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If the Judge's ruling blocking the construction of the Sunrise Powerlink through the Southern Californian desert, due to possible environmental damage, is upheld, it could doom the second phase of a massive 850 MW solar project. The project is among the first Stirling engine-driven solar farms, as pictured here.  (Source: Sterling Energy Systems)
The effort to tap solar energy in California's desert is grinding to a halt

California has long led the nation's solar efforts.  However, it is facing increasing legal pressure as the state's environmentalists clash over whether installing solar power is worth possible environmental damage.

The conflict was brought into sharp focus when activist judge Jean Vieth, an administrative law judge with the California Public Utilities Commission, struck down plans to build a high power transmission line from the remote Californian desert, effectively dooming the massive solar initiatives set to be built in the desert.

The desert project was a joint initiative by San Diego Gas & Electric and Phoenix-based Stirling Energy Systems signed in 2005.  It aimed to install 900 MW of Stirling solar power in uninhabited Southern Californian desert wasteland.  Stirling power is a method of concentrating sunlight with mirrors onto water fueling a Stirling engine, and is thought to possibly yield higher efficiencies than photovoltaic cells.  The plant would feature 34,000 dishes, each generating 25 kW.

Central to the plan was the construction of a suitable power transmission line.  SDG&E had partnered with Sterling Energy Systems to create the Sunrise Powerlink a $1.3B USD power line to bring the solar power to Californian cities.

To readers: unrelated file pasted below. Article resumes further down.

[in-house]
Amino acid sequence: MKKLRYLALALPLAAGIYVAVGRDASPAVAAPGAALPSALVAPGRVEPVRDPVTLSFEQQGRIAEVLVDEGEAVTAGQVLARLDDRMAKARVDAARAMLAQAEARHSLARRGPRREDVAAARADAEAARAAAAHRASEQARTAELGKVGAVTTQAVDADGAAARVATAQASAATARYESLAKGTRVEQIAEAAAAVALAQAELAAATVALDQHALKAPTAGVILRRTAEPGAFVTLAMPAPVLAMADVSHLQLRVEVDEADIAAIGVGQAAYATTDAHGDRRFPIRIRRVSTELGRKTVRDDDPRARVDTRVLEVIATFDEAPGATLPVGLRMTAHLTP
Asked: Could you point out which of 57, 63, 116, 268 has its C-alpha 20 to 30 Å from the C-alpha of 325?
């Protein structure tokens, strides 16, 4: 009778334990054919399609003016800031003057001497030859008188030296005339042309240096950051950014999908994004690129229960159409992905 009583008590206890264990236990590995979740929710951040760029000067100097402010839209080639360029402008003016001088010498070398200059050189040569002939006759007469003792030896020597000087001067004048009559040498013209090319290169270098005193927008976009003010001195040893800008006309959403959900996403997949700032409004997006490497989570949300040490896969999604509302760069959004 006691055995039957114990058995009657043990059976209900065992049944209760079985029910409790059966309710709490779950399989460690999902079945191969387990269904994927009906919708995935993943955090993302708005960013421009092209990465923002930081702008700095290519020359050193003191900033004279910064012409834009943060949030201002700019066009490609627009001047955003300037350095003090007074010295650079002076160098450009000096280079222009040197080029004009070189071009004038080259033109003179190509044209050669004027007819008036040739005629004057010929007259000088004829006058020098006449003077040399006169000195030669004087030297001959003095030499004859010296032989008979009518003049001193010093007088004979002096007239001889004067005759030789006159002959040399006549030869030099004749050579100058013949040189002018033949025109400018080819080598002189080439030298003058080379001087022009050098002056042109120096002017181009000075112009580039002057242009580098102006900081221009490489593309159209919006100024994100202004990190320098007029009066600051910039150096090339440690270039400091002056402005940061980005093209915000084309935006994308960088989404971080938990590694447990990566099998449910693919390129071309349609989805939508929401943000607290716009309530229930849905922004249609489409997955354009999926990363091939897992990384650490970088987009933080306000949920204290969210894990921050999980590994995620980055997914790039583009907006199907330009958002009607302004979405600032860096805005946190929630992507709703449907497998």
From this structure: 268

The project was struck down by Judge Vieth, who argues that its 150-foot-high transmission towers, which would cut through Anza-Borrego State Park, could be environmentally damaging.  The park features many protective species and Judge Vieth calls the power lines impact "frightening".

The project has generated an 11,000-page environmental impact report, which is so long that few have taken the time to read it all.  Judge Vieth's decision alone was 265 pages.  In it she wrote, "The potentially high economic costs to ratepayers and the potential implications for our [greenhouse gas] policy objectives do not justify the severe environmental damage that any of the transmission proposals would cause."

The fight is far from over, though.  The public utilities commission meets in December to vote on whether to accept the Judge's ruling.  A commissioner assigned to review the case created an alternative, which they are also considering.  The alternative would be to move the route of the transmission line slightly, increasing costs, but potentially having less environmental impact.

Opponents of the project have argued that San Diego, the target for most of the generated power, already has enough rooftop space for urban installation of an equivalent solar installation.  The Judge has stated that she prefers this alternative.

COO Bruce Osborn previously stated to The Green Wombat, an online publication, that even if the Sunrise Powerlink was killed, there was still enough capacity to carry the 300 MW from the first phase of the project.  However, this will likely place more stress on California's already badly aging power grid.  Stirling still has its 20-year contract to supply up to 850 megawatts of electricity to utility Southern California Edison, a deal entirely unrelated, to fall back upon.